That proliferation of skills among non-slave or former slave populations hit sometime in the third century, perhaps because of the high rate of attrition of the patrician classes, but also because the up-and-comings had to let go of staff as they tried to stay one step ahead of the shifting alliances and economic interruptions. Being in charge of a mini-empire didn’t have a good retirement plan. A lot of turnover.

The local yokels who claimed imperial authority in those mini-empires needed the support of everyone in the ruled area; also there was active trade between the mini-empires, and that trade didn’t seem to notice there were borders to cross.

After Diocletian the division of the empire into two didn’t persist forever, tended to come and go. After the western empire was blotted out due to internecine struggles and barbarian invasions, the eastern empire had a few more centuries of prosperity. Justinian even tried to reconquer the lost portions of the Empire, and managed to grab most of Italy, and chunks of other former Roman provinces. Trade with post-Roman Britain resumed or continued, and while I’ve never read it anywhere, I expect it was happening in Gaul and other lost provinces which were never regained. A Buddha statuette from the 6th c was dug up in the 20th century, in Denmark.

Their western territory in the Balkans was vulnerable to little difficulties like the Huns, but their fortunes began to ebb in earnest with the rise of Big Ol’ Mo’ and his angry band of mass-murderers. The last effective military leader of the eastern emperors was Basil II, who kinda had to learn on the job. His nickname is “Bulgar Slayer”. After losing in a humiliating fashion to an older king of the Bulgars, he spent about ten years struggling against his own people who were trying to topple him.

After he reconsolidated, he decided to settle that first score, and went after the Bulgars again. Not only did he win, he reportedly tied the survivors of the enemy army into long lines of 100, blinded all but the lead man, and left him with only one eye, so he had just enough sight to lead the rest of them back home. The old Bulgar king died of a stroke when he saw them.

The aqueduct that fed Constantinople was a wonder of its time. Parts still exist. It’s also a wonder that the thing was never sabotaged by the various groups that attacked the city during the early Middle Ages.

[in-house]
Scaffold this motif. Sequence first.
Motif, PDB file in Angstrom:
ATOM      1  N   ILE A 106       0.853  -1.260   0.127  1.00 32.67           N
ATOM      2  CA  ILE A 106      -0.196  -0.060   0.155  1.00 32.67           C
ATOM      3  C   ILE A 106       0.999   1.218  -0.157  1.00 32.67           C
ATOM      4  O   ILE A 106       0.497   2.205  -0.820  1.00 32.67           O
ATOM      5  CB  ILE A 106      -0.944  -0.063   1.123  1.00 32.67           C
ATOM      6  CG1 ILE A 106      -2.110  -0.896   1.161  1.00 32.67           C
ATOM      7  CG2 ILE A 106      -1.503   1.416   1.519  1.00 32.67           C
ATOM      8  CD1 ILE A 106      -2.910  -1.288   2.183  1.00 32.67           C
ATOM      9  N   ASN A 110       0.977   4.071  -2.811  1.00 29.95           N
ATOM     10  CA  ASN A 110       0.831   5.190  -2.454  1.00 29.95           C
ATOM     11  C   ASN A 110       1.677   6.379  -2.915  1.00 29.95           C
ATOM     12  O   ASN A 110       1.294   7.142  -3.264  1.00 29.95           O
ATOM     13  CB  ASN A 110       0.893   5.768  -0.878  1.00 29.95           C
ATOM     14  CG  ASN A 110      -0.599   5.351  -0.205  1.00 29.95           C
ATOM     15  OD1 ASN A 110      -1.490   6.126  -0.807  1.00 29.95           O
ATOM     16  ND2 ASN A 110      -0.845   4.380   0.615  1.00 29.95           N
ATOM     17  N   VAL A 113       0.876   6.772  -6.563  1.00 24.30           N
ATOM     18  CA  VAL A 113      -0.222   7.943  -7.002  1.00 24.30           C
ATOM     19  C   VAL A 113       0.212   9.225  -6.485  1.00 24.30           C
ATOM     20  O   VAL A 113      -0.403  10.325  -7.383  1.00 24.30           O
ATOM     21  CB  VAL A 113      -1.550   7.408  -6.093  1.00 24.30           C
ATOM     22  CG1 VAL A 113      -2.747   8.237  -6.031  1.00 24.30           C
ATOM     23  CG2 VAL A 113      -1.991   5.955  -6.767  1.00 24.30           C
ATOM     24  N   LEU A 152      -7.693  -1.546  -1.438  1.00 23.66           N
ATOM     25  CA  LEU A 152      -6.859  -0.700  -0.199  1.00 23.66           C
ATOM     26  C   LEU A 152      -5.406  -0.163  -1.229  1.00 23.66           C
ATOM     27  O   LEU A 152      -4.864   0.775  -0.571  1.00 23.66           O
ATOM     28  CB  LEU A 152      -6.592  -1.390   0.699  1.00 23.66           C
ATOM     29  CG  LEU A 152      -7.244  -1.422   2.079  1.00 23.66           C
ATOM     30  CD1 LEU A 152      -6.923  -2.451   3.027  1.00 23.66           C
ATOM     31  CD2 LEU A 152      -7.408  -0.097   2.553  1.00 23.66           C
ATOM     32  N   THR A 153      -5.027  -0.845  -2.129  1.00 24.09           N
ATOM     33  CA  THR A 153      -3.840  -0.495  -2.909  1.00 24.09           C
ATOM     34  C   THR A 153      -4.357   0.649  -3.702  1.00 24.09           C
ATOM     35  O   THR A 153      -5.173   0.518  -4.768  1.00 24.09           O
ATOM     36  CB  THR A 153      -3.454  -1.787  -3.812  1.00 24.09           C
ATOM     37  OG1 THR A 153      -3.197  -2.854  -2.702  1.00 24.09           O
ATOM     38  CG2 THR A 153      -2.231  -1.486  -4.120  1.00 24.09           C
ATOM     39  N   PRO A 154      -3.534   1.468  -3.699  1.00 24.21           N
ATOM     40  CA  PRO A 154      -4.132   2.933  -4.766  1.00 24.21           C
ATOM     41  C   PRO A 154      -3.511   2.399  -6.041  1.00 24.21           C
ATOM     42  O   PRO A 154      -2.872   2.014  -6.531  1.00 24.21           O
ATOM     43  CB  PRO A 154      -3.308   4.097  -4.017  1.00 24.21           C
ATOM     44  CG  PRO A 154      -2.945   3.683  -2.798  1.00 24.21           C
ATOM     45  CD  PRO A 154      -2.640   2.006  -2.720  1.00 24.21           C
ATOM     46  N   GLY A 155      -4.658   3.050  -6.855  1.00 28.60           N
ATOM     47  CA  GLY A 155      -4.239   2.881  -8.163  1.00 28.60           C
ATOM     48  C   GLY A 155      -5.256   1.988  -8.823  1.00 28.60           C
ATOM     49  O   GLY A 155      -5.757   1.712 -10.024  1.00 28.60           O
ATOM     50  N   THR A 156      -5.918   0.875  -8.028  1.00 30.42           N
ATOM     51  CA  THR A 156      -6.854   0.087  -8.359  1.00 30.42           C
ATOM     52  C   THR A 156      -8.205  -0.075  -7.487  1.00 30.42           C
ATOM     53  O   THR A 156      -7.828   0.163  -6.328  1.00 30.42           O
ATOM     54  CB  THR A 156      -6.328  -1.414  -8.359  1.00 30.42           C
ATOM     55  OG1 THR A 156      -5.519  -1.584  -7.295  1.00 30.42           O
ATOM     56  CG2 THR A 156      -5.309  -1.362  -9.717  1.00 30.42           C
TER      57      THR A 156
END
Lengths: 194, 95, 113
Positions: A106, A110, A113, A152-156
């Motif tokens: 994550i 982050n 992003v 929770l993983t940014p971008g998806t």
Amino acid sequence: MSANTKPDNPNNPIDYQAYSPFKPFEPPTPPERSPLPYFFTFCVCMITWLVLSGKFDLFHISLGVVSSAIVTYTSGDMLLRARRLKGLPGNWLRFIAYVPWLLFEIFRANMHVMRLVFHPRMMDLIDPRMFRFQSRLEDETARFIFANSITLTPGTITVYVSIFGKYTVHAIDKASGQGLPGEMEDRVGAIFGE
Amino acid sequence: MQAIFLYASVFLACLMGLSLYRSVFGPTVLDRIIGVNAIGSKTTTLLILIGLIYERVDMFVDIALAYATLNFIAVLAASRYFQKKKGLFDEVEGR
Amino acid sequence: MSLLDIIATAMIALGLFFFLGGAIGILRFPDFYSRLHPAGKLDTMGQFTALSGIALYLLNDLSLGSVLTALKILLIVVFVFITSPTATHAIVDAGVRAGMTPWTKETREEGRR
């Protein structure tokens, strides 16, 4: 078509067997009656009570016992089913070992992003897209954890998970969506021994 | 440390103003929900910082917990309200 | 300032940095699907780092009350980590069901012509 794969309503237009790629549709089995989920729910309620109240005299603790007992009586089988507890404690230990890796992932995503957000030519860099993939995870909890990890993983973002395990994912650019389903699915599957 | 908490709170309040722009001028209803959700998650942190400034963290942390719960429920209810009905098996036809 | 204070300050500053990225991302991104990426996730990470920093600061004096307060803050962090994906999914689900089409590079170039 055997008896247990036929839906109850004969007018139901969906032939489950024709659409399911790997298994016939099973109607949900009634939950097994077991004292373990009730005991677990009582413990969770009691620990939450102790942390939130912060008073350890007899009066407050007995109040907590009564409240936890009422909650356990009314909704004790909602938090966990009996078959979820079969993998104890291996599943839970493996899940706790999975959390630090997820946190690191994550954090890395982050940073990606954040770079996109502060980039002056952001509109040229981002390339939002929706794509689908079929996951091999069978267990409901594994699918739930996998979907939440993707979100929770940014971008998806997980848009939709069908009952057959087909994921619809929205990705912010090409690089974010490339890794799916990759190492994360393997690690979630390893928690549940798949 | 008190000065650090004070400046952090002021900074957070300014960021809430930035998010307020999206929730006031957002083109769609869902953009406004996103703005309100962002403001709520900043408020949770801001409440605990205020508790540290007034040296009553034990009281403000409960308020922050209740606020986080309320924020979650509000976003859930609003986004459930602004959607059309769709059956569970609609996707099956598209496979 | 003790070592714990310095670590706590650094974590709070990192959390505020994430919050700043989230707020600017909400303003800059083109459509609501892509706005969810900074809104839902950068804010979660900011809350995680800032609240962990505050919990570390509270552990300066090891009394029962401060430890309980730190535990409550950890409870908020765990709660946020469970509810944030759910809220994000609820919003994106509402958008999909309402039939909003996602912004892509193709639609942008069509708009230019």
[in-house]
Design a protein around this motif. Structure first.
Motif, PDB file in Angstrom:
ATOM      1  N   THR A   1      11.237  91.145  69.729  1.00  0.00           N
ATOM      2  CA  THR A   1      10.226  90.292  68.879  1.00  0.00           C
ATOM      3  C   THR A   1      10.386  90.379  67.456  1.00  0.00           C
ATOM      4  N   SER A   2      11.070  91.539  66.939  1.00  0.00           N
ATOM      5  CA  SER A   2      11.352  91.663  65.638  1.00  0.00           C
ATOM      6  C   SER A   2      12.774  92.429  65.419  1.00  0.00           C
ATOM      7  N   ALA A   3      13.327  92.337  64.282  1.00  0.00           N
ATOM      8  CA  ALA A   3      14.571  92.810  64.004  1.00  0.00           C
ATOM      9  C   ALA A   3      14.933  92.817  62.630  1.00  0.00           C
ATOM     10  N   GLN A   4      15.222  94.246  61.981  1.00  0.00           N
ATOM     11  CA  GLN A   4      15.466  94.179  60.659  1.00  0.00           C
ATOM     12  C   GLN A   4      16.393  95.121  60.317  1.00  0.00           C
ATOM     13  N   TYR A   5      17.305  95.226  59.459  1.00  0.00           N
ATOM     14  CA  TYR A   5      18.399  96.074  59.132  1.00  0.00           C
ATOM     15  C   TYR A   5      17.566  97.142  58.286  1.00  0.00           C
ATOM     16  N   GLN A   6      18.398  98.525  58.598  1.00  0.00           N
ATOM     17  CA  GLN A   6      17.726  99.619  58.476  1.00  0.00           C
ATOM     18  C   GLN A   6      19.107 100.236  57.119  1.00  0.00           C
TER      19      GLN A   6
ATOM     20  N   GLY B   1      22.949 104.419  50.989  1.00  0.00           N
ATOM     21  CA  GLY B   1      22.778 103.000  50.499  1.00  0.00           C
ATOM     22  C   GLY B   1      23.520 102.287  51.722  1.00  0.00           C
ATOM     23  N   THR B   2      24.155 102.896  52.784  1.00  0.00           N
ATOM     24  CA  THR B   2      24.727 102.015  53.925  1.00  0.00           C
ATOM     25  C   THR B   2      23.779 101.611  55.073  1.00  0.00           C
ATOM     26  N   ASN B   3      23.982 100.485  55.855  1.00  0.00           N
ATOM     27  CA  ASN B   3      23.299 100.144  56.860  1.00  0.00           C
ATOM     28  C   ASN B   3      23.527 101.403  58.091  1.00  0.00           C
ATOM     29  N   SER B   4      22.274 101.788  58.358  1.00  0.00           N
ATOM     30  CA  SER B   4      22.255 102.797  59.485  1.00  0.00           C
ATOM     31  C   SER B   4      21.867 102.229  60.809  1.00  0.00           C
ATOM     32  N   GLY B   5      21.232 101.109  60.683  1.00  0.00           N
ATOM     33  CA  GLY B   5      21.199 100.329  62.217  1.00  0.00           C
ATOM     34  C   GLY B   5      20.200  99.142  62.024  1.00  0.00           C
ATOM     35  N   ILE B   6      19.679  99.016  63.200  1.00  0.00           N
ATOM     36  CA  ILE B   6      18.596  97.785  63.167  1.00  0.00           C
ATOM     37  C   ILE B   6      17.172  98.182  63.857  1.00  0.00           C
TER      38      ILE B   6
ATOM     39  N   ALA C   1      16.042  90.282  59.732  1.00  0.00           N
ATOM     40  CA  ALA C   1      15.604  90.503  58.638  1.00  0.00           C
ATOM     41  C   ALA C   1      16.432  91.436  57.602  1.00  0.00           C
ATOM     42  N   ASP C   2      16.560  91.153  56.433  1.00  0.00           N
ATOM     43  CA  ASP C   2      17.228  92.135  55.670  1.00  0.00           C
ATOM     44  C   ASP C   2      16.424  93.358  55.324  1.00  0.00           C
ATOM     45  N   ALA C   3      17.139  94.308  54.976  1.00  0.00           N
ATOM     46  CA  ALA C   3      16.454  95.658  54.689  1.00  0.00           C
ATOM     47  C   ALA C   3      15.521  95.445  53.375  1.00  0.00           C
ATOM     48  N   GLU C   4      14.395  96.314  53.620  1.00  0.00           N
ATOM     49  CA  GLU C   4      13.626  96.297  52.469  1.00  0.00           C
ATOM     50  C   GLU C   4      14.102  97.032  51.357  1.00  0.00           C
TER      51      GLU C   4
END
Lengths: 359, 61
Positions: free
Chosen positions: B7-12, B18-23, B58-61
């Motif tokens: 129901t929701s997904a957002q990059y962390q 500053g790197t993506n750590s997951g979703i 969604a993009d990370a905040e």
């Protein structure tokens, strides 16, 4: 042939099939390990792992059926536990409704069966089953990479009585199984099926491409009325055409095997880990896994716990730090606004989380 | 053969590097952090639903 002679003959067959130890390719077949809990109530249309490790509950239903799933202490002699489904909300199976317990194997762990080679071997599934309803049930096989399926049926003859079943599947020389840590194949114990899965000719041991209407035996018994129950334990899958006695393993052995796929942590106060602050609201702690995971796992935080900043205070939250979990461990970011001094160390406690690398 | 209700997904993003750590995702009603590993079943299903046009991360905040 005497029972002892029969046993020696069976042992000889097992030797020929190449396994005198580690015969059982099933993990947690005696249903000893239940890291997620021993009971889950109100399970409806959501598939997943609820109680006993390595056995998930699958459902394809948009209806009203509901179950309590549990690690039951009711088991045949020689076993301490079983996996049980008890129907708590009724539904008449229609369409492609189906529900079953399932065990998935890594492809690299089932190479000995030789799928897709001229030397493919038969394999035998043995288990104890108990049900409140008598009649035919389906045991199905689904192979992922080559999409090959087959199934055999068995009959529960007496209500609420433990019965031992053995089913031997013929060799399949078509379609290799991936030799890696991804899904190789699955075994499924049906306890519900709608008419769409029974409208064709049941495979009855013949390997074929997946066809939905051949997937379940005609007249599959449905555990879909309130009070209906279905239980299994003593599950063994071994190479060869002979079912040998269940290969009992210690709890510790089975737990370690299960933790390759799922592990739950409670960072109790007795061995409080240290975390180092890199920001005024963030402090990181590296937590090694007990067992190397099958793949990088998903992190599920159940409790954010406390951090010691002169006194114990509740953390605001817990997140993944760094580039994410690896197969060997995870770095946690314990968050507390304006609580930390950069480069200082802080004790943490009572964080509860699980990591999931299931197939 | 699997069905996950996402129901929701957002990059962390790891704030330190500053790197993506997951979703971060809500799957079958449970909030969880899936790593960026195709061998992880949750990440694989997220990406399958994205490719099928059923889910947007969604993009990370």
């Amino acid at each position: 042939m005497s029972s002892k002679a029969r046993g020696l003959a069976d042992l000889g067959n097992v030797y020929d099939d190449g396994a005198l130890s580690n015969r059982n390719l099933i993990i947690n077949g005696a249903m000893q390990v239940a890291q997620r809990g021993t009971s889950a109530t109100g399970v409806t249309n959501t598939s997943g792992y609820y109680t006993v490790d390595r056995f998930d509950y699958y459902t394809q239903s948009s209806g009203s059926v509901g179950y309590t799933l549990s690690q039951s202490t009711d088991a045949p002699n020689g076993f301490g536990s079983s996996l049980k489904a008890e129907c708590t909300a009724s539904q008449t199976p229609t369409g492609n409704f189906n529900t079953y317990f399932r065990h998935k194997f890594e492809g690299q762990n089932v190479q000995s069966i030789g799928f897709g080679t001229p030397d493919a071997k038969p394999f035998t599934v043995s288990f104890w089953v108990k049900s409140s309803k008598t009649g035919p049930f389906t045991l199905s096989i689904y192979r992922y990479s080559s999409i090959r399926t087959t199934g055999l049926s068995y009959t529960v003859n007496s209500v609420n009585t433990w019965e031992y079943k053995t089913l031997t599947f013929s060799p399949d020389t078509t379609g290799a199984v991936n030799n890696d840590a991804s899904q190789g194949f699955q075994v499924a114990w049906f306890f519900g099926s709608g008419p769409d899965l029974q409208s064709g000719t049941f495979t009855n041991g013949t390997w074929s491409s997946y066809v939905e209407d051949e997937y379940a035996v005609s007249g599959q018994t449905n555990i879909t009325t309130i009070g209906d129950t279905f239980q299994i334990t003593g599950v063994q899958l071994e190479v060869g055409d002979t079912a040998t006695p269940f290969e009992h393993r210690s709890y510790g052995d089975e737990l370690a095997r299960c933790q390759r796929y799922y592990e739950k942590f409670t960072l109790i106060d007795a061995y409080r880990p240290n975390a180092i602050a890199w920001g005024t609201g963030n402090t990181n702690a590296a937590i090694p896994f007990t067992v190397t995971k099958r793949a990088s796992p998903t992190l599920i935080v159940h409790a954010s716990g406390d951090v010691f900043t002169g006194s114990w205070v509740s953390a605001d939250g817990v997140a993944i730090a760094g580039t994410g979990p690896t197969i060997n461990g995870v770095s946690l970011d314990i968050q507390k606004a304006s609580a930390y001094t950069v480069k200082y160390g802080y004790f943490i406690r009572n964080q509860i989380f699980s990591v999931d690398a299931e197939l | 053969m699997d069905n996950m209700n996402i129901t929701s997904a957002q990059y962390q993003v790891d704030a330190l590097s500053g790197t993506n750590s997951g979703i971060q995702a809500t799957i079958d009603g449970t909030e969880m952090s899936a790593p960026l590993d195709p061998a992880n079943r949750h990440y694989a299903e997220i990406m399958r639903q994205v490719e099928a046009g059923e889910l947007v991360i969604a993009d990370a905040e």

During the heyday of the Vikings, Scandinavians were hired by the Byzantine emperors to serve as imperial guards, and as mercenaries in various theaters of war around the Mediterranean, largely to fight the Saracens. This continued into the 11th century, maybe beyond, and at least one of the Byzantine emperors was bumped off by a rival (or maybe his wife) using a Varangian hit man.

Economically it wasn’t a bad time for the Byzantines, even as their territory declined. They were middlemen between the Saracens and the Far East, and Europe, and weren’t blowing money on huge projects like the Hippodrome and giant basilicas. The city’s infrastructure was old but in good working order. Unfortunately, the last emperor in Constantinople thought the newfangled “cannon” was unnecessary and too expensive, and the inventor turned to the Turks, who thought it was just the thing to bust open the walls of Constantinople.


25 posted on 04/17/2014 6:10:52 PM PDT by SunkenCiv (https://secure.freerepublic.com/donate/)
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To: SunkenCiv
Unfortunately, the last emperor in Constantinople thought the newfangled “cannon” was unnecessary and too expensive.

The Byzantines had 63 cannon borrowed from the Hungarians at the final siege. The defenders, Byzantines and Genoese, figured that the walls couldn't take the recoil and elected to defend the first wall.

As it turned out the city fell not to cannon but an unguarded Postern Gate.

26 posted on 04/17/2014 6:45:23 PM PDT by Little Bill (EVICT Queen Jean)
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To: SunkenCiv

It almost looks like script. Some of the letters run together.


27 posted on 04/17/2014 9:05:44 PM PDT by LoneRangerMassachusetts (The meek shall not inherit the Earth)
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To: Little Bill

Thanks LB!


28 posted on 04/18/2014 9:39:58 AM PDT by SunkenCiv (https://secure.freerepublic.com/donate/)